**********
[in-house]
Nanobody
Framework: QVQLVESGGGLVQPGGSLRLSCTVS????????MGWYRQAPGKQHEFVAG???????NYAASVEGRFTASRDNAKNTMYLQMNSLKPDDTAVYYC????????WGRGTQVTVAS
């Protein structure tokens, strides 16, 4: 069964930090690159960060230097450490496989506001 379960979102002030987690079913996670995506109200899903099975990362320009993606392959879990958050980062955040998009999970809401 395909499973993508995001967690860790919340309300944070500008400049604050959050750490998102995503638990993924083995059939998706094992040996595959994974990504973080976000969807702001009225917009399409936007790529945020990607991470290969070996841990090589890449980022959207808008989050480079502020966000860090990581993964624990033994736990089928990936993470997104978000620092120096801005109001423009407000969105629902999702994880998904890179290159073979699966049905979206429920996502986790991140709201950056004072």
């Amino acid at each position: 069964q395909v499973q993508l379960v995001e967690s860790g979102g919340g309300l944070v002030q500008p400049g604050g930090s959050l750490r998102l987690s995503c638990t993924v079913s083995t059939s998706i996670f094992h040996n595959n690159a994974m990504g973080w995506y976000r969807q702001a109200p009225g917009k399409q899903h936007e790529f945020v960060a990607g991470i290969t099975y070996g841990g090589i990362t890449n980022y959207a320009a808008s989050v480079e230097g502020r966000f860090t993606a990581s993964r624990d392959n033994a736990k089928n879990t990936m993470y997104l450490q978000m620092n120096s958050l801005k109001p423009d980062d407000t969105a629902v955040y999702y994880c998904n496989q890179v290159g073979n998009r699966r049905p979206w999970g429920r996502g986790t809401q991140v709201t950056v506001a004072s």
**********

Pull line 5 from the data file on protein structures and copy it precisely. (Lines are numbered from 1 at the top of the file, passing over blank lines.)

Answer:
């Amino acid at each position: 069964q395909v499973q993508l379960v995001e967690s860790g979102g919340g309300l944070v002030q500008p400049g604050g930090s959050l750490r998102l987690s995503c638990t993924v079913s083995t059939s998706i996670f094992h040996n595959n690159a994974m990504g973080w995506y976000r969807q702001a109200p009225g917009k399409q899903h936007e790529f945020v960060a990607g991470i290969t099975y070996g841990g090589i990362t890449n980022y959207a320009a808008s989050v480079e230097g502020r966000f860090t993606a990581s993964r624990d392959n033994a736990k089928n879990t990936m993470y997104l450490q978000m620092n120096s958050l801005k109001p423009d980062d407000t969105a629902v955040y999702y994880c998904n496989q890179v290159g073979n998009r699966r049905p979206w999970g429920r996502g986790t809401q991140v709201t950056v506001a004072s």